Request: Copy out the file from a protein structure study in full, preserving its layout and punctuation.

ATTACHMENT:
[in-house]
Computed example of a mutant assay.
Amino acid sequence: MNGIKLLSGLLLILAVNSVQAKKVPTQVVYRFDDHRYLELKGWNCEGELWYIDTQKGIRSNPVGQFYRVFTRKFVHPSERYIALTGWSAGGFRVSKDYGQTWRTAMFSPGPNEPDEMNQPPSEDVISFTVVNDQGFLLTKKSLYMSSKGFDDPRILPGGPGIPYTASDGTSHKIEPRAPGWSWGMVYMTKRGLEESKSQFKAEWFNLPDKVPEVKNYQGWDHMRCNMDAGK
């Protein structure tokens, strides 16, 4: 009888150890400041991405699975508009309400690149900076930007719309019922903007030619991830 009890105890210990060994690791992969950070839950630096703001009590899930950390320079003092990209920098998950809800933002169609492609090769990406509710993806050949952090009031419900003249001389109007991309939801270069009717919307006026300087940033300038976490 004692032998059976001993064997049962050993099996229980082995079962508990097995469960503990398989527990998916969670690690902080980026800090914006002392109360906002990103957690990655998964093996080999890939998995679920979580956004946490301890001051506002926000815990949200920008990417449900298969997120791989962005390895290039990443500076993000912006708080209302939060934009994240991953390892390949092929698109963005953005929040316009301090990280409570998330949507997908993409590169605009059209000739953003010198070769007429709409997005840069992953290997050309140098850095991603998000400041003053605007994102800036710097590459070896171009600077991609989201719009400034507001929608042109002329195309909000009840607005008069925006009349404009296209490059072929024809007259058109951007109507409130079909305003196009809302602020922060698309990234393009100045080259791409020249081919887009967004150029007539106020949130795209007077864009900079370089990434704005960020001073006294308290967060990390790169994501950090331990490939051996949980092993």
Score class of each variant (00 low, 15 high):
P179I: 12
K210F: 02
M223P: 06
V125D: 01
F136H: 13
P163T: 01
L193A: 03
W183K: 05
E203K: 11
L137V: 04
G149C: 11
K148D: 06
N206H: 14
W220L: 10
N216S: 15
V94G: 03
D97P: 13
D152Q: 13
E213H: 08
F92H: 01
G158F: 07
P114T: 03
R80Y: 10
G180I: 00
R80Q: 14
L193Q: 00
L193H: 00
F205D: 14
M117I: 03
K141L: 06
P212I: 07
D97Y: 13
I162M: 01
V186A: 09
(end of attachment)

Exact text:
[in-house]
Computed example of a mutant assay.
Amino acid sequence: MNGIKLLSGLLLILAVNSVQAKKVPTQVVYRFDDHRYLELKGWNCEGELWYIDTQKGIRSNPVGQFYRVFTRKFVHPSERYIALTGWSAGGFRVSKDYGQTWRTAMFSPGPNEPDEMNQPPSEDVISFTVVNDQGFLLTKKSLYMSSKGFDDPRILPGGPGIPYTASDGTSHKIEPRAPGWSWGMVYMTKRGLEESKSQFKAEWFNLPDKVPEVKNYQGWDHMRCNMDAGK
């Protein structure tokens, strides 16, 4: 009888150890400041991405699975508009309400690149900076930007719309019922903007030619991830 009890105890210990060994690791992969950070839950630096703001009590899930950390320079003092990209920098998950809800933002169609492609090769990406509710993806050949952090009031419900003249001389109007991309939801270069009717919307006026300087940033300038976490 004692032998059976001993064997049962050993099996229980082995079962508990097995469960503990398989527990998916969670690690902080980026800090914006002392109360906002990103957690990655998964093996080999890939998995679920979580956004946490301890001051506002926000815990949200920008990417449900298969997120791989962005390895290039990443500076993000912006708080209302939060934009994240991953390892390949092929698109963005953005929040316009301090990280409570998330949507997908993409590169605009059209000739953003010198070769007429709409997005840069992953290997050309140098850095991603998000400041003053605007994102800036710097590459070896171009600077991609989201719009400034507001929608042109002329195309909000009840607005008069925006009349404009296209490059072929024809007259058109951007109507409130079909305003196009809302602020922060698309990234393009100045080259791409020249081919887009967004150029007539106020949130795209007077864009900079370089990434704005960020001073006294308290967060990390790169994501950090331990490939051996949980092993």
Score class of each variant (00 low, 15 high):
P179I: 12
K210F: 02
M223P: 06
V125D: 01
F136H: 13
P163T: 01
L193A: 03
W183K: 05
E203K: 11
L137V: 04
G149C: 11
K148D: 06
N206H: 14
W220L: 10
N216S: 15
V94G: 03
D97P: 13
D152Q: 13
E213H: 08
F92H: 01
G158F: 07
P114T: 03
R80Y: 10
G180I: 00
R80Q: 14
L193Q: 00
L193H: 00
F205D: 14
M117I: 03
K141L: 06
P212I: 07
D97Y: 13
I162M: 01
V186A: 09